Education key to developing emergency managers
When superstorm Sandy blew into New York City, it crippled some small businesses for weeks, while others stayed open and continued to serve customers. In many cases, the difference came down to how prepared the businesses were to cope with disasters.
Royal Roads University alumna Marg Verbeek is working to help small businesses in the United States become more resilient by enriching and evaluating a voluntary private sector preparedness program.
“It’s important that businesses understand the value of being ready,” says Verbeek, president of Global Emergency Management Consulting Corporation. “We don’t have the necessary level of preparedness within the business community and we realize it maybe be a very big time and money burden, particularly for small businesses, which make up a huge segment of the economy. We need to help elevate their level of readiness.”
Verbeek is working with the International Association of Emergency Managers-USA, and they have been awarded a contract by the Department of Homeland Security’s Federal Emergency Management Agency to consult on its Small Business Recognition Program.
The goal of the program is to have a web portal through which businesses can self-declare that they meet the readiness standard by submitting a self-assessment narrative of their preparedness which is then validated through an independent review by a qualified emergency management assessor. Participating businesses will be required to analyze, for example, risk assessment and impact analysis, available financial and physical resources, operating procedures and business resumption strategies.
“It’s really about businesses being cognisant that they need to have a business continuity program, which is an ongoing and iterative process whether you’re in the middle of a disaster or an impending crisis, or whether there are no disasters on the horizon. You need to be prepared and have a level of readiness and continuity,” she says.
Before starting her own consulting firm a year ago, Verbeek spent two years in Abu Dhabi, United Arab Emirates, as part of a small team of international experts developing the country’s new National Crisis and Emergency Management Authority. Prior to that, she was manager of emergency measures for the Region of Waterloo for 19 years. Today, her consultancy is based in Kitchener, Ont., and offers a wide variety of services to all levels of government at home and abroad, as well as private sector organizations. Starting her own consultancy was a natural career progression, Verbeek says, and has proved rewarding.
“Having extensive experience from a wide range of governments, it’s refreshing to have the flexibility to work with different types of organizations,” she says.
Verbeek came to Royal Roads in 2007 as part of the first MA in Disaster and Emergency Management (MADEM) cohort, and credits the program with further developing her strategic thinking, which she says is an essential skill in her consulting work.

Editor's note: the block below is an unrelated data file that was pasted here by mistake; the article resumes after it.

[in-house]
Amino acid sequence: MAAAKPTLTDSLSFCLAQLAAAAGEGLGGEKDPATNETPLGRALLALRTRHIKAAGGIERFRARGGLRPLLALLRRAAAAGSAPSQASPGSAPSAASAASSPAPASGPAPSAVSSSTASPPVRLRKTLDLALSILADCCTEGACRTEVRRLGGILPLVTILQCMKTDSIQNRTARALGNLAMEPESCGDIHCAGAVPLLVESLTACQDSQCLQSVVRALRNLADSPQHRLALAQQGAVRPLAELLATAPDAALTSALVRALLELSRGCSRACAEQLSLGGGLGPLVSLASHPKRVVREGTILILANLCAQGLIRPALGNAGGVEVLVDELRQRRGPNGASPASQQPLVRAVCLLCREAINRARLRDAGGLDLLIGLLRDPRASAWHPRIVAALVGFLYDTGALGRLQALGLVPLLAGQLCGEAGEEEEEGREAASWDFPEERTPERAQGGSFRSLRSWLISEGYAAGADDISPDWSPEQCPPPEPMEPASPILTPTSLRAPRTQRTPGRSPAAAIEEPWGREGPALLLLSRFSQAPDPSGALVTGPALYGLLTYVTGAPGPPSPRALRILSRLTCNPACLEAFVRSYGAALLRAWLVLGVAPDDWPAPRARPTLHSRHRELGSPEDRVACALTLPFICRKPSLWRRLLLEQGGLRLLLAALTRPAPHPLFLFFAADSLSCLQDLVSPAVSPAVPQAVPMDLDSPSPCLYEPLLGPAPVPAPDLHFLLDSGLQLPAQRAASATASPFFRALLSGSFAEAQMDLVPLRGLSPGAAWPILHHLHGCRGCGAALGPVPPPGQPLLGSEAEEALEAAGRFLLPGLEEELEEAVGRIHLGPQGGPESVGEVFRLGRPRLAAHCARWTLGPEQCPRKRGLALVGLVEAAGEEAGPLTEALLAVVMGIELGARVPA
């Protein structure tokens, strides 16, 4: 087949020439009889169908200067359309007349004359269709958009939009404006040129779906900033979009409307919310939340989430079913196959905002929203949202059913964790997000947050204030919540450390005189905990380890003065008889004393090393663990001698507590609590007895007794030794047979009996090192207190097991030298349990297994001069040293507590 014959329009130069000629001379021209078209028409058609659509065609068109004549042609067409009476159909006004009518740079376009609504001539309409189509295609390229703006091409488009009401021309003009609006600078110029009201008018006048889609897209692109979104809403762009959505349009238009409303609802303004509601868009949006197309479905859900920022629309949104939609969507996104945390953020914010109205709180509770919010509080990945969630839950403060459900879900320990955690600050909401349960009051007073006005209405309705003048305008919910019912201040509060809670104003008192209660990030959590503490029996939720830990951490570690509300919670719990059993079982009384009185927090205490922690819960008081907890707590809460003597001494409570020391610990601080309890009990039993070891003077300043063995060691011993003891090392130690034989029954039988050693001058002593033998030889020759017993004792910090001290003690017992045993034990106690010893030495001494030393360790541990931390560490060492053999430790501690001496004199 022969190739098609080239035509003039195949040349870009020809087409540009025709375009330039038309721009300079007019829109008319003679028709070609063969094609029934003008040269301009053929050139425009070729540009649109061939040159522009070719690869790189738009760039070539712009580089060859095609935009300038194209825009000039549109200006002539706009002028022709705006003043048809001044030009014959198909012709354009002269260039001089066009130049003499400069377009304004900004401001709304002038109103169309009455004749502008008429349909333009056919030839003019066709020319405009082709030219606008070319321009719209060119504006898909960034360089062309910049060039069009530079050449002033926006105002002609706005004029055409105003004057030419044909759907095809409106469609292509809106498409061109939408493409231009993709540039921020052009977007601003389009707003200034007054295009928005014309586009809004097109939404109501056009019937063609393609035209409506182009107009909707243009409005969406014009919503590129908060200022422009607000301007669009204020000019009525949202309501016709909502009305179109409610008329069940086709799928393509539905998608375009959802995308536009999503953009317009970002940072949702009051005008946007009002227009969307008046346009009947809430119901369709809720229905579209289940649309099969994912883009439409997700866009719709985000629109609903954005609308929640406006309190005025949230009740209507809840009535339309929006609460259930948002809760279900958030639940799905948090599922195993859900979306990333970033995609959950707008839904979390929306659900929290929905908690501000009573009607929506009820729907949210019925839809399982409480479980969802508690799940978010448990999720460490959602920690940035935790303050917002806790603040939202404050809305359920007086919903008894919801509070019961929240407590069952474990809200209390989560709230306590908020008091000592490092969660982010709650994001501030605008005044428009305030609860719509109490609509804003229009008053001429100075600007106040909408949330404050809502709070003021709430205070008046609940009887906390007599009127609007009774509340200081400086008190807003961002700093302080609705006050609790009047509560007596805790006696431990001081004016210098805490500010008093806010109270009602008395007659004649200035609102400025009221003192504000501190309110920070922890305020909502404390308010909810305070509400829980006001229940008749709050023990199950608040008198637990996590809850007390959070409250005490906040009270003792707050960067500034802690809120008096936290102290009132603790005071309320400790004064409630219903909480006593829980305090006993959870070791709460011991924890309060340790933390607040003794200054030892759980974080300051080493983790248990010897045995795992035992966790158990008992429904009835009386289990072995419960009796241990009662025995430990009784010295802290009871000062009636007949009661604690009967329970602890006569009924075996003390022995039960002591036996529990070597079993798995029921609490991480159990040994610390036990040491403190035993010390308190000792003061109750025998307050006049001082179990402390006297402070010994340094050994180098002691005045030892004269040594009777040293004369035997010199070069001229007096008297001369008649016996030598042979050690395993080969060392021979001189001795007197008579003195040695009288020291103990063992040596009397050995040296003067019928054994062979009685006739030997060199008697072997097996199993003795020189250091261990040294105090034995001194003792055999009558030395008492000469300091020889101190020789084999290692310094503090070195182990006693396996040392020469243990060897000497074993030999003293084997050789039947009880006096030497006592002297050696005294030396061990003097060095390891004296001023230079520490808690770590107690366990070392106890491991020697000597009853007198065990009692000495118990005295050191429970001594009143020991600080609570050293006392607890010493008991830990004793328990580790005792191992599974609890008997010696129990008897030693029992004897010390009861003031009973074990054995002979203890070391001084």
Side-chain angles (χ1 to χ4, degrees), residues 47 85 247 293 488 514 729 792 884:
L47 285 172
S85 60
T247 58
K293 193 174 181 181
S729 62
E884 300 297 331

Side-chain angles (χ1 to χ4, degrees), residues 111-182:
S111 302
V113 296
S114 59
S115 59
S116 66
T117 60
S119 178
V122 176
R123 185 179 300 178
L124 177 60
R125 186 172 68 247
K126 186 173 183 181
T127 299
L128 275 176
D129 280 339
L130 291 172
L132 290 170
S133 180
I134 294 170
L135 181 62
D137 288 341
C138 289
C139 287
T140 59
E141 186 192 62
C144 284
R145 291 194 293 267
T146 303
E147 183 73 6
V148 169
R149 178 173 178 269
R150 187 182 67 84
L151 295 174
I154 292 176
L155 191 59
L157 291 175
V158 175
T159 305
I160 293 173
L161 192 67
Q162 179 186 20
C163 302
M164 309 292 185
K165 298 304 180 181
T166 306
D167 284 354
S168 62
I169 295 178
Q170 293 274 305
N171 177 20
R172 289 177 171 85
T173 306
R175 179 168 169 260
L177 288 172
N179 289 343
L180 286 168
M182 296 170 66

“Organizations want you to do the critical thinking, they want you to move beyond operational planning and start to think about sustainability and resilience,” Verbeek says. “I think having the education opens up the opportunity to do that and bring new knowledge into the workplace.”
Disaster and emergency management is an emerging field of work and study, Verbeek notes, and many practitioners learn on the job in an apprentice fashion. But “training is not education,” she says, adding that for the profession to progress, programs like Royal Roads’ MADEM – one of only two in Canada – are necessary. It’s a sentiment echoed by Robin Cox, head of the MADEM program.
“The program gives students insights from linking what we know through practice and experience to what we know through research,” she says. “Students become able to really start searching for and supporting recommendations and actions with evidence from research literature.”
Cox adds that Verbeek is a good example of the type of student in the program; she was highly experienced and sought higher education to be able to expand her career and gain a better understanding of the discipline as a whole.
“Marg is very bright,” Cox says. “Because she had a wealth of experience, she was able to bring that into the program.”
Two years after graduating from Royal Roads, Verbeek received the prestigious Canadian Emergency Management Award and was inducted into the International Women in Homeland Security and Emergency Management Hall of Fame. Verbeek hopes there will be more awareness and acknowledgement of the important and necessary work of disaster and emergency managers.
“I hope in Canada there will be more opportunities for agencies and organizations to utilize the skills of emergency managers and I would encourage different levels of government to work in a more comprehensive way with its stakeholders towards community resiliency.”
Photo: Ruby Parhar.